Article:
Beauty, Fashion & Shopping
(click on covers to read articles you can enlarge pdfs for readability)
Avenue - Helloooo,
Sailor Cook, the daughter of model Christie Brinkley and Peter Cook, could have become a Kardashian-like wannabe, but instead is a charming, smart, savvy, and hard-working model and photographer. This young woman is definitely going places. Including her favorite, secret beach in the Hamptons that she absolutely would not divulge!
- Shopping for a New Nose
Of all the beauty stories I've written, this was by far the most entertaining - I got paid to go get free consultations at famous plastic surgeons' offices. Seeing all the miserable teens and their determined moms in the waiting rooms made me so glad I'd never gotten the snip in high school.
- Getting & Spending
My friend, the photographer Stephanie Chernikowski, regularly photographed this shopping column for the
, and somehow I managed to convince her editor that I'd be good at doing some of the stories. I'd scout the stores and she often used me as a model. Writing these little items (for which I was paid a princely 50 bucks per) helped launch my career, as I could tell other editors that I wrote for the Voice and they'd be duly impressed LOL.
Read My Lipstick Case
is known for being hip, groovy, edgy, whatever. When I was writing for them, they were also known for not paying their writers on time, which is an aggravating part of a freelancer's life.
Harper's Bazaar -
Say Goodbye to Cellulite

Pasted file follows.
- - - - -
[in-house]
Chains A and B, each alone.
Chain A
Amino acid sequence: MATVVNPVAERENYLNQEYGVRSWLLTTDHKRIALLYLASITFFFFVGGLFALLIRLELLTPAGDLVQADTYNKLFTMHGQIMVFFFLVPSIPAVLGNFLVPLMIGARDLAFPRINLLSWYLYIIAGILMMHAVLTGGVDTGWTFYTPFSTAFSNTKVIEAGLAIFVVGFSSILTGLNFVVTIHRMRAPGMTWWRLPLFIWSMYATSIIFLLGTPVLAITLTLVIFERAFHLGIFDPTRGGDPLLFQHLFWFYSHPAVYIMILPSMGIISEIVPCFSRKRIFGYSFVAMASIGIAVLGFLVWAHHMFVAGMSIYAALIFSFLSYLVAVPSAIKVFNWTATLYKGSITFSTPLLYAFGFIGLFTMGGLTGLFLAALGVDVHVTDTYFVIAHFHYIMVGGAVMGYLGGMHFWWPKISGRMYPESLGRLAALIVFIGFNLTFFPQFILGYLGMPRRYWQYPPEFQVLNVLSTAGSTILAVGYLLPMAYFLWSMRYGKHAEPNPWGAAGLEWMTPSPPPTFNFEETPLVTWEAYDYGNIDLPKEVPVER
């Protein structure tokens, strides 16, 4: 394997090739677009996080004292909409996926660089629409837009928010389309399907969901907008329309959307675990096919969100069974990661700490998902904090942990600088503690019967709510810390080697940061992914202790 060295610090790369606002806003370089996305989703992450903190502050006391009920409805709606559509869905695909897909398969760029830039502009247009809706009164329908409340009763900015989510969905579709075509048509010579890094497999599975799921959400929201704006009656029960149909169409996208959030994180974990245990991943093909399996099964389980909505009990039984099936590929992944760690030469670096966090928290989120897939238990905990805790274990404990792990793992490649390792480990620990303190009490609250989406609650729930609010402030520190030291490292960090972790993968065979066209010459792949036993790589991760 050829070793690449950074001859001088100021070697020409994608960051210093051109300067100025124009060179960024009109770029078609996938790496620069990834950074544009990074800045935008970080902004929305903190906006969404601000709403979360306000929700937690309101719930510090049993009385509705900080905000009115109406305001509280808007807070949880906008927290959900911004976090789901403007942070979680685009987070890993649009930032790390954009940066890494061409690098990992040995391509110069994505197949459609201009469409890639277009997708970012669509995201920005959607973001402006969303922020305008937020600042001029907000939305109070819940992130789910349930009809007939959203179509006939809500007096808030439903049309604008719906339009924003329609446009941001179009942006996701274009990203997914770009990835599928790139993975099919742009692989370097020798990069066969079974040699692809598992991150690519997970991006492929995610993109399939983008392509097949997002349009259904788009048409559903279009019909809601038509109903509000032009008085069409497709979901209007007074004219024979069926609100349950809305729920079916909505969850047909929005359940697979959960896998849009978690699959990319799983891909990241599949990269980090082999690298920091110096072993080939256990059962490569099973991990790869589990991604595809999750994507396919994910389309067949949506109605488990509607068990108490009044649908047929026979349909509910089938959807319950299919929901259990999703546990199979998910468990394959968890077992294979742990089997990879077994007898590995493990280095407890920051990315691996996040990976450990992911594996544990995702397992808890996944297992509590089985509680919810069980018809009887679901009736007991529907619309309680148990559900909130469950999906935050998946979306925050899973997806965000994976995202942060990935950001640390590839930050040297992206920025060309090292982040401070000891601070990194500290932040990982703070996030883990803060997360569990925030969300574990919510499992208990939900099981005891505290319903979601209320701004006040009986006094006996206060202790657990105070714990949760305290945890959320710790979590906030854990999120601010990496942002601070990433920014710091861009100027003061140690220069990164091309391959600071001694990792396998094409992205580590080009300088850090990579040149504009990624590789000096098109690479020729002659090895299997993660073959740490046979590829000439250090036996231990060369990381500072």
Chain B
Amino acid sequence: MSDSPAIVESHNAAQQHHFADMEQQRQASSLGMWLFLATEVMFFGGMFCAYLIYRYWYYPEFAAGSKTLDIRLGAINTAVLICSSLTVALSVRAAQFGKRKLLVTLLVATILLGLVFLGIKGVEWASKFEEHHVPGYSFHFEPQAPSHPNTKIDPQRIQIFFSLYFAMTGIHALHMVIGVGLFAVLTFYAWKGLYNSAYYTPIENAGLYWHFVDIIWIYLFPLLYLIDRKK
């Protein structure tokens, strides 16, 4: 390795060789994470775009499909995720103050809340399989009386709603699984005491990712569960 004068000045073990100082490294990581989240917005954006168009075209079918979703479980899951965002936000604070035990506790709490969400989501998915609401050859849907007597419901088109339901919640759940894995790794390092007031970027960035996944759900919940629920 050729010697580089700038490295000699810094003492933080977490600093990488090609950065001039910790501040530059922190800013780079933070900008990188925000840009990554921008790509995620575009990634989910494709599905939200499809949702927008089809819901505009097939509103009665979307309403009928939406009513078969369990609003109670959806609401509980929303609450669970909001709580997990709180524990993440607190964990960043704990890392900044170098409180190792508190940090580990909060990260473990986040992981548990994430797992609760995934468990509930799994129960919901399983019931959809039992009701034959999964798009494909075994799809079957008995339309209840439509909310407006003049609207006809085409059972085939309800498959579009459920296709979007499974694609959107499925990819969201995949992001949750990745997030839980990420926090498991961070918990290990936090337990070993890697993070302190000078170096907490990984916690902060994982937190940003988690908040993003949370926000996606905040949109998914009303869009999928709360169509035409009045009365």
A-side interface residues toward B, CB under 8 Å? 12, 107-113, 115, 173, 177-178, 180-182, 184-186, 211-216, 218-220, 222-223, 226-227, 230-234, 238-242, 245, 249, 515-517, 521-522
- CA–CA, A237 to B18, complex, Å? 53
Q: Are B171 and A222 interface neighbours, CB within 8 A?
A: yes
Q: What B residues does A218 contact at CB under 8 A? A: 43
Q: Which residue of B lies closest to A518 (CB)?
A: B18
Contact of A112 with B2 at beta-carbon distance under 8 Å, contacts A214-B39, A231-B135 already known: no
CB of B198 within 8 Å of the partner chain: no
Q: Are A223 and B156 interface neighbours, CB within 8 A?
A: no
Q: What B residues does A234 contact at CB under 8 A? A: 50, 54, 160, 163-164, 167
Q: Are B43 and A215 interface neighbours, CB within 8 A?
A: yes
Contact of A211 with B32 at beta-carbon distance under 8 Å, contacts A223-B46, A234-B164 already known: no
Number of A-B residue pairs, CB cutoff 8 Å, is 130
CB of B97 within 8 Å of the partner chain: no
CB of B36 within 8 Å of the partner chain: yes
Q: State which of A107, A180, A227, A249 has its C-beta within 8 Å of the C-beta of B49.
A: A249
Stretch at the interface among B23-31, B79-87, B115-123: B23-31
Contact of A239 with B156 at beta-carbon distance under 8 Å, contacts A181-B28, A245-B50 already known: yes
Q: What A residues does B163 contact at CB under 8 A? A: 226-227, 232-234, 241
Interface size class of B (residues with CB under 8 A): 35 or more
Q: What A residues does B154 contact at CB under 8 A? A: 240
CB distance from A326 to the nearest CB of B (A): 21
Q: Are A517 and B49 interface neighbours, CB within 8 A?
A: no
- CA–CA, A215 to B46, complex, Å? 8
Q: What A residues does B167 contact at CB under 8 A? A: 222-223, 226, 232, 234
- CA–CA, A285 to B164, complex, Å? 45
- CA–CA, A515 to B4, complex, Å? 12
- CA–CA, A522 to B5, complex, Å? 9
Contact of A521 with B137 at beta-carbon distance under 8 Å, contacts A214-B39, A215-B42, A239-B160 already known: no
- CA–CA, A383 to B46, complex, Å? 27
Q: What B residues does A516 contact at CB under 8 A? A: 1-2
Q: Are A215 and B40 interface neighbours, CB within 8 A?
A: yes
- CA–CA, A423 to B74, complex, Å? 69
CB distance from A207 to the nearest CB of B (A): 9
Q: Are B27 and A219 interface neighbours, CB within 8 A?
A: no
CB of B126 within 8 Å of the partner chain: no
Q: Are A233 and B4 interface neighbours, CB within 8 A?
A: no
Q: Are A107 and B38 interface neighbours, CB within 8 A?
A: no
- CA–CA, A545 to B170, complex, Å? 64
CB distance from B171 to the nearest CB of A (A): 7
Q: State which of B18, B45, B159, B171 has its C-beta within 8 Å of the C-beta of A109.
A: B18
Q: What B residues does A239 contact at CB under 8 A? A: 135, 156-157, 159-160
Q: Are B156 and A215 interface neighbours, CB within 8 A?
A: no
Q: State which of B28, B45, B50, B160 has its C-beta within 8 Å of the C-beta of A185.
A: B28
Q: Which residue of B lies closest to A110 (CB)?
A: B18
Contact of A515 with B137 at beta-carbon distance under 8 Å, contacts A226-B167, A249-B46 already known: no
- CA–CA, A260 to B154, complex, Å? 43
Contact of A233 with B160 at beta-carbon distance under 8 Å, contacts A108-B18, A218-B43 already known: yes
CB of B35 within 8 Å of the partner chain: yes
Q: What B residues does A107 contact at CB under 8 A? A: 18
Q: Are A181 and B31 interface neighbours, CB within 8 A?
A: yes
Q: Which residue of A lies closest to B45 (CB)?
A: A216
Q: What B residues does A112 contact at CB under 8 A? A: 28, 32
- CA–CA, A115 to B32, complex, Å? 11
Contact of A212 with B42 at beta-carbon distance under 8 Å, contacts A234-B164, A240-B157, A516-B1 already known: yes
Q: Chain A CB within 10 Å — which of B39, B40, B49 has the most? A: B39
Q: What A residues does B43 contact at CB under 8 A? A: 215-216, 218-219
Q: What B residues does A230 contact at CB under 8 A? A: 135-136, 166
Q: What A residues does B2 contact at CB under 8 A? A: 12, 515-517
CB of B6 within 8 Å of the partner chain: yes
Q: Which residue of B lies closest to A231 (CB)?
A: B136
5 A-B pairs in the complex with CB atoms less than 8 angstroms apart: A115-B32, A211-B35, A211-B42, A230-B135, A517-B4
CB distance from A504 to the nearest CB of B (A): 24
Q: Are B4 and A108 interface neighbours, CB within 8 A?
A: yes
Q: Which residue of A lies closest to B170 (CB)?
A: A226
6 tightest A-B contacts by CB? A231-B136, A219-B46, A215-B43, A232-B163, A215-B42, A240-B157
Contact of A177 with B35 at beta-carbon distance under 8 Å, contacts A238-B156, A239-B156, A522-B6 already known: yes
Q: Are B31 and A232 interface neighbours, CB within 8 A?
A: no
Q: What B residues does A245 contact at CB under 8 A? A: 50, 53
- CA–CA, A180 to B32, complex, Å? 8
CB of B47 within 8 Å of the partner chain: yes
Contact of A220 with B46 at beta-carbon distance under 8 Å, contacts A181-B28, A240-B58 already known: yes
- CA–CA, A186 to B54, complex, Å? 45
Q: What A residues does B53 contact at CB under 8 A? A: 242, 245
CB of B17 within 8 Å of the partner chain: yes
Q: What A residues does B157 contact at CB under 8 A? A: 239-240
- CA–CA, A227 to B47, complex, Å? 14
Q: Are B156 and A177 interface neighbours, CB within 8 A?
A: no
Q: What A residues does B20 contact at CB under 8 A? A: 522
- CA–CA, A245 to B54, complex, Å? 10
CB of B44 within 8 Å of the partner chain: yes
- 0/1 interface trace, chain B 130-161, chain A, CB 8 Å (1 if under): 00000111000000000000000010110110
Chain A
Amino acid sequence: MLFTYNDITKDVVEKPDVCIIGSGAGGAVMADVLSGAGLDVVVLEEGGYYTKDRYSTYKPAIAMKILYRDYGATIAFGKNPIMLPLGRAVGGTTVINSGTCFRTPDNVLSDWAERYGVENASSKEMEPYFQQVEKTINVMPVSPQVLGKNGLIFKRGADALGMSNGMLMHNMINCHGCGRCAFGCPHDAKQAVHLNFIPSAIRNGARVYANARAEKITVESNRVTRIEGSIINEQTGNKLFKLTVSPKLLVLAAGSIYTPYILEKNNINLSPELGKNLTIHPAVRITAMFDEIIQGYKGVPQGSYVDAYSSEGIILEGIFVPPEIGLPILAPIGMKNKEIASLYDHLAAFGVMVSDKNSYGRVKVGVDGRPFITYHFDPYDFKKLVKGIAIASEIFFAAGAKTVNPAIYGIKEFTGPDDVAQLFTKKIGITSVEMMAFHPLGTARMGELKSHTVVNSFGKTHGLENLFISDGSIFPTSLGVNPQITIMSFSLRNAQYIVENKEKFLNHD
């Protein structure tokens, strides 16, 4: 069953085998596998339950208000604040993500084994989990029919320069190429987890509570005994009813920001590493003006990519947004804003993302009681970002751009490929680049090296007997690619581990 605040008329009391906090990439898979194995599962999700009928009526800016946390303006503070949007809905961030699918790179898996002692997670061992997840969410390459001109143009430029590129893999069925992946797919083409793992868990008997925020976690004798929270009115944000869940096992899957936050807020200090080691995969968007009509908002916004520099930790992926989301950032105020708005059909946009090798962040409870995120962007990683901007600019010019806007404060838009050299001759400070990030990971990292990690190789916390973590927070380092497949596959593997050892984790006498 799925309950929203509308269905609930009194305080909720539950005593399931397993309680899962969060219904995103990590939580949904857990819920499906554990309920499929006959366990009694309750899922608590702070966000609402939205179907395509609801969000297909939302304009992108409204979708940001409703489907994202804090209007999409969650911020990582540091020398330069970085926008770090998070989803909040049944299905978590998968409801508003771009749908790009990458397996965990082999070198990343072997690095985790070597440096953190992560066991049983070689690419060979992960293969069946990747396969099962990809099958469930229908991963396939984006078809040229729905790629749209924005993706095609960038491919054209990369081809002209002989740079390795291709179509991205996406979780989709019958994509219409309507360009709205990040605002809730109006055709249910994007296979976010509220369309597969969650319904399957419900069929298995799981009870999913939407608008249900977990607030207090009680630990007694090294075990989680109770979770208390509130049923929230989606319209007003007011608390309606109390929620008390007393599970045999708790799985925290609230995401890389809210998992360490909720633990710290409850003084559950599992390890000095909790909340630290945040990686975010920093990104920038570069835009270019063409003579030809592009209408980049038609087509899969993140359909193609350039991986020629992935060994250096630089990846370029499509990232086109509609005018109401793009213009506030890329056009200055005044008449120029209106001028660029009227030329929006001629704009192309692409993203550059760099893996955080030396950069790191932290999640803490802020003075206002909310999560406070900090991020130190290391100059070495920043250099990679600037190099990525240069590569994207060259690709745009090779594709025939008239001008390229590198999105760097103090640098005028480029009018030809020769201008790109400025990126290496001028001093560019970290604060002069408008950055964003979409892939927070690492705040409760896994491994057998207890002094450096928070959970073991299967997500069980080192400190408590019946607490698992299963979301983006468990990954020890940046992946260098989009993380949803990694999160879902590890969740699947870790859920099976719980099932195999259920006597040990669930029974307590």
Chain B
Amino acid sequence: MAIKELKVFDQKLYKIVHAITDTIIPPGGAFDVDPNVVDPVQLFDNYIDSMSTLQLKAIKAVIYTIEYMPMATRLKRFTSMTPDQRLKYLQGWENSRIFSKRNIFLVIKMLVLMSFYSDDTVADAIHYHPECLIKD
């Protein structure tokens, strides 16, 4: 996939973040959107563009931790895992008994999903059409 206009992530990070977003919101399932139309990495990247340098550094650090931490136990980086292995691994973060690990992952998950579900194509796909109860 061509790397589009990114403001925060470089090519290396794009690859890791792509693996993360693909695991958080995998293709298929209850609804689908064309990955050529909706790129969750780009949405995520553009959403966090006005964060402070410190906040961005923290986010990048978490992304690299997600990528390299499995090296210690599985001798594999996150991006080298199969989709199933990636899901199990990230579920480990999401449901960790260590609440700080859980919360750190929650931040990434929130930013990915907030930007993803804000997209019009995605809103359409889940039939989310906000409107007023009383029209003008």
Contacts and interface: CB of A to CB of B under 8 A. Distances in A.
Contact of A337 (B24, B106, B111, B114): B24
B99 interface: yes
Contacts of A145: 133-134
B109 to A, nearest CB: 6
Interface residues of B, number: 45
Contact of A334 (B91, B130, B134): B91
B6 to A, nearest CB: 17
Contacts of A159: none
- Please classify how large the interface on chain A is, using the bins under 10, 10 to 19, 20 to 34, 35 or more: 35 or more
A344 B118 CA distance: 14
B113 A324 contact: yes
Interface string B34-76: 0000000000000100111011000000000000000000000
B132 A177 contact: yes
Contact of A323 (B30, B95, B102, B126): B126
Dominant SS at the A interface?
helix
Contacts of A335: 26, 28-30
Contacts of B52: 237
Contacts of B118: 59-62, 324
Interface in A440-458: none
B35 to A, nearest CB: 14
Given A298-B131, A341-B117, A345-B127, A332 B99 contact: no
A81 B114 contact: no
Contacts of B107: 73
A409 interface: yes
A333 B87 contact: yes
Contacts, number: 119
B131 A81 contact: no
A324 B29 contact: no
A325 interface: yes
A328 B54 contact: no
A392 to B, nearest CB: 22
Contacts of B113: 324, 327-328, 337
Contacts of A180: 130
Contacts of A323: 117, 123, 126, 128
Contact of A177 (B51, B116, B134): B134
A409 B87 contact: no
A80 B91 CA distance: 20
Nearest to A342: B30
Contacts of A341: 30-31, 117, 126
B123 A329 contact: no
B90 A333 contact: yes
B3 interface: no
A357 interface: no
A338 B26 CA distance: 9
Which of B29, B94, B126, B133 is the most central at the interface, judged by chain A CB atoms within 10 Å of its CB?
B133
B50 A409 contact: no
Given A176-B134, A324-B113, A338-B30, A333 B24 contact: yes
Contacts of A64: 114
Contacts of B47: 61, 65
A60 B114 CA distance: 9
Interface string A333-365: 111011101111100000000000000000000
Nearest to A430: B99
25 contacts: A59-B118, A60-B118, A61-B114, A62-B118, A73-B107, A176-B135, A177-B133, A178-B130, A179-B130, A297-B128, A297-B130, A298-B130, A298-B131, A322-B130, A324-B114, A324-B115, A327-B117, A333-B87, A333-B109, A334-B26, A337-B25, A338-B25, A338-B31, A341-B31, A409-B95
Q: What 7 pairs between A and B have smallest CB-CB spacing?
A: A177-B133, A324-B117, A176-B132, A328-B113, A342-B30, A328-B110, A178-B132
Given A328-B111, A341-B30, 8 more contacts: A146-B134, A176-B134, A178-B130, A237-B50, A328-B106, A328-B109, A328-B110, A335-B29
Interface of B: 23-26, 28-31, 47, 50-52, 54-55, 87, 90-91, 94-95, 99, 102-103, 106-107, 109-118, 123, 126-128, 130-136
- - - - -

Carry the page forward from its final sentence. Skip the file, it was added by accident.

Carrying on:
One of the most gratifying aspects of writing beauty features is being able to write about treatments I otherwise couldn't afford or wouldn't choose to pay for LOL. In this case, I was lying on that table in a nano-second - and it was also satisfying to find a new treatment that did seem to work at the time. I also wrote a long feature about Botox for
, but my wonderful editor left before it could run. At least I was semi-wrinkle-free till the juice wore off.
- Clay Cures, Stress and Skin Care, and the Proscar Treatment
I started writing short beauty features for
in 1993 - it was my introduction into the wonderful world of professional product freeloading. I did wonder at first why so many beauty editors rarely wore makeup, until I realized they got so many lipsticks and mascaras and bottles of perfume that at the end of the day, once the novelty of the freeloading wears off, there's only so much stuff you can actually use. Still, for a confirmed perfume junkie, having access to the wonders of scent sampling made me one happy sniffer.
GHOSTING & NONFICTION